24. 24. The following sections take each that are versatile, and that enable of these themes in turn, identifying society to be more parsimonious, innovations and inventions that could decentralised and innovative, then be of use in the cold climate. If the which are the options? cold climate require technologies 25// TECHNOLOGY IN A COLD CLIMATE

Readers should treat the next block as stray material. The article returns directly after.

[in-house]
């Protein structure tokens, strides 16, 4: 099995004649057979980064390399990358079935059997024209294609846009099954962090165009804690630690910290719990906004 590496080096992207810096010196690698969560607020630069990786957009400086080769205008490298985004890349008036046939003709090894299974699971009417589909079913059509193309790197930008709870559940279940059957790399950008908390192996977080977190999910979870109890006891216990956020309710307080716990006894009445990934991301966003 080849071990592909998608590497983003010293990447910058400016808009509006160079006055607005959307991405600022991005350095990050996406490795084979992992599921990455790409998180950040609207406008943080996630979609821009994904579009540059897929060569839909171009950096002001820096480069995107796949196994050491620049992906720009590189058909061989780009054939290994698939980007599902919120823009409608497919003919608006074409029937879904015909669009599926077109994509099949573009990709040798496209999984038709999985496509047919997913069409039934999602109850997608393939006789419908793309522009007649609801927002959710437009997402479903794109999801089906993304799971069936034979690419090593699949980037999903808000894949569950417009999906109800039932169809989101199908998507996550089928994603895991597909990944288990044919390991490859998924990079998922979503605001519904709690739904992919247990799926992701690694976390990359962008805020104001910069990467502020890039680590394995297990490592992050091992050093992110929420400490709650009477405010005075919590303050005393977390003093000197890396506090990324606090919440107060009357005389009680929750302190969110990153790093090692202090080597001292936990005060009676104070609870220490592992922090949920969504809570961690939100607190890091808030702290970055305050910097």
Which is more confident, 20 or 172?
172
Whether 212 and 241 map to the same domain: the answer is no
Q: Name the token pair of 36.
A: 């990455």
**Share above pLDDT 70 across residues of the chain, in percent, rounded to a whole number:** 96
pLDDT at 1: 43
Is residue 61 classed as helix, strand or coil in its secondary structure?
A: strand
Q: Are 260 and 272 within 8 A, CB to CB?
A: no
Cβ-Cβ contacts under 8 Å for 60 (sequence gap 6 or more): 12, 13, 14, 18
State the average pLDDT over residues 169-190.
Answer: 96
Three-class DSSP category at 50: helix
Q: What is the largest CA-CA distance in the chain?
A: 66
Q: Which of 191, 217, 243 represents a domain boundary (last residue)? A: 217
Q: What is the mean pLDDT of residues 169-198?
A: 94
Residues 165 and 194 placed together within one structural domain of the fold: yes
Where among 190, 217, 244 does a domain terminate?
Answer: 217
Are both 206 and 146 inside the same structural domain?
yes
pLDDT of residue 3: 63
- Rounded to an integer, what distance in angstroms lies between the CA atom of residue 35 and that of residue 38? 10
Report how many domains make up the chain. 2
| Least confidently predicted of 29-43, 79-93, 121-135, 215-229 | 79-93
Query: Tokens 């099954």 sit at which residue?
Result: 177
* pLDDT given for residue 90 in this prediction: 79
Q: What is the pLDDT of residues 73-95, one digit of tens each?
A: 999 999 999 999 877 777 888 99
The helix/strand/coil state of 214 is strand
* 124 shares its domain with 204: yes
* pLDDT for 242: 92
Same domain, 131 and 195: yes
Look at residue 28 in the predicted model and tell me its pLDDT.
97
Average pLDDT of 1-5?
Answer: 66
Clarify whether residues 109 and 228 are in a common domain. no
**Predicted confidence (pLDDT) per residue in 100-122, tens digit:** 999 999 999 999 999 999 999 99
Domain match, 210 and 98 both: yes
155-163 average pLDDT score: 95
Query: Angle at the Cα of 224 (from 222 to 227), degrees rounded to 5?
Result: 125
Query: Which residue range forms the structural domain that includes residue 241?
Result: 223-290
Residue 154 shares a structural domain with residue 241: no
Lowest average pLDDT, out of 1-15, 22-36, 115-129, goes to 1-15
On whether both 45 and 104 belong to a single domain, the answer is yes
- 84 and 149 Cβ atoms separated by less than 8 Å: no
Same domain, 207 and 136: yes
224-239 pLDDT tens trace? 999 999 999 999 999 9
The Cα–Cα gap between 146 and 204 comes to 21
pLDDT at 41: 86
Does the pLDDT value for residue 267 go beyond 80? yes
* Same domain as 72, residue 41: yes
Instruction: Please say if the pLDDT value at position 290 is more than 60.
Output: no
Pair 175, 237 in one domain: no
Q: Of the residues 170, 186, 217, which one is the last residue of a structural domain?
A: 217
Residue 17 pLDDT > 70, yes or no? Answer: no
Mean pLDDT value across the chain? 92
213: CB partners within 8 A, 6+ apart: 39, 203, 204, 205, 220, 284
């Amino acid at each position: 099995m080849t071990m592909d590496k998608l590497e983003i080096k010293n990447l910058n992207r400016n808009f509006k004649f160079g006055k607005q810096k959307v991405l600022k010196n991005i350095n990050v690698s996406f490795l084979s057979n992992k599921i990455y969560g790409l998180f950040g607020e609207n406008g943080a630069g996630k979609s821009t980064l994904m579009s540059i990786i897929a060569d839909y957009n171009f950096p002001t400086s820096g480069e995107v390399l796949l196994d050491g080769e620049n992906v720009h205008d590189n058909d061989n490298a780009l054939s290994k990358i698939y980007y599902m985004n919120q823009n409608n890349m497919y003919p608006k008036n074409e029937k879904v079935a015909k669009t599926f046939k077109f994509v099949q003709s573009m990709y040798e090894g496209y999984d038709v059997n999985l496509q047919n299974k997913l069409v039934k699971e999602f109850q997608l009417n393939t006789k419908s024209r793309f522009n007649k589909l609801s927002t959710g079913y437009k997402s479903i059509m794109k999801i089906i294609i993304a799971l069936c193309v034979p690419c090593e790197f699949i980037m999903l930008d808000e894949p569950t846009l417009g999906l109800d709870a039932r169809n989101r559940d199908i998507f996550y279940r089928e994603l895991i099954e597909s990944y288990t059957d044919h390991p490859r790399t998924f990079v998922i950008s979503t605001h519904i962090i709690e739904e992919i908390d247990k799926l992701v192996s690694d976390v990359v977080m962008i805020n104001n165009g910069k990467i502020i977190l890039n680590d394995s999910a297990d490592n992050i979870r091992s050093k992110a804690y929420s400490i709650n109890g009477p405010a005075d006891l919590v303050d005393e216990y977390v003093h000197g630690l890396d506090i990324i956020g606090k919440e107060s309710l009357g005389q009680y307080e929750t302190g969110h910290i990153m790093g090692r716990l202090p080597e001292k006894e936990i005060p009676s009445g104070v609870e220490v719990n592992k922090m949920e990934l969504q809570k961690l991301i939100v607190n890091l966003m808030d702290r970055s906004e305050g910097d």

25. 25. 6.1 VERSATILE // The range of social and environmental challenges provoked by the cold climate includes matters as diverse as government administration, a diverse spectrum of public services and environmental sustainability. It follows that we will require technology that is versatile enough to be applied to a variety of problems. Versatility is one of the reasons Instead, our research recommended that Technology in a Cold Climate that clusters of technologies be focuses on the potential of identified that could provide the information and communication same service. For example, the digital technology (ICT). Rather than any connectivity used by information specific product, ICT is a general and communication technologies purpose technologyXXI , a technology provides a service that allows people that can be applied in diverse ways and machines to communicate, and which is capable of significant but rather than dependent on one impact. Other such general technology, it could be provided by purpose technologies include a range of competitor technologies. materials technologies, power, tools For the digital connectivity example, and transportation. such alternative specific technologies could include fibre, GSM, 3G or Predicting the Future even satellite. Our researchXXII illustrated the difficulties of predicting technology The advantage of identifying such futures with a example from the clusters is that the foundational mobile phone market. In 1980, one service is independent of any single consultancy predicted that there technology. Such clusters should would be 900 thousand mobile be selected on the basis of the subscribers by the end of the 20th foundational service being of use to century, when in fact there were over many areas across different sectors 100 million subscribers in the United so that multiple stakeholders are States in the year 2000; over 100 investing and a robust market exists, times more than the prediction. and the presence of a number of technologies capable of delivering the service. 26// TECHNOLOGY IN A COLD CLIMATE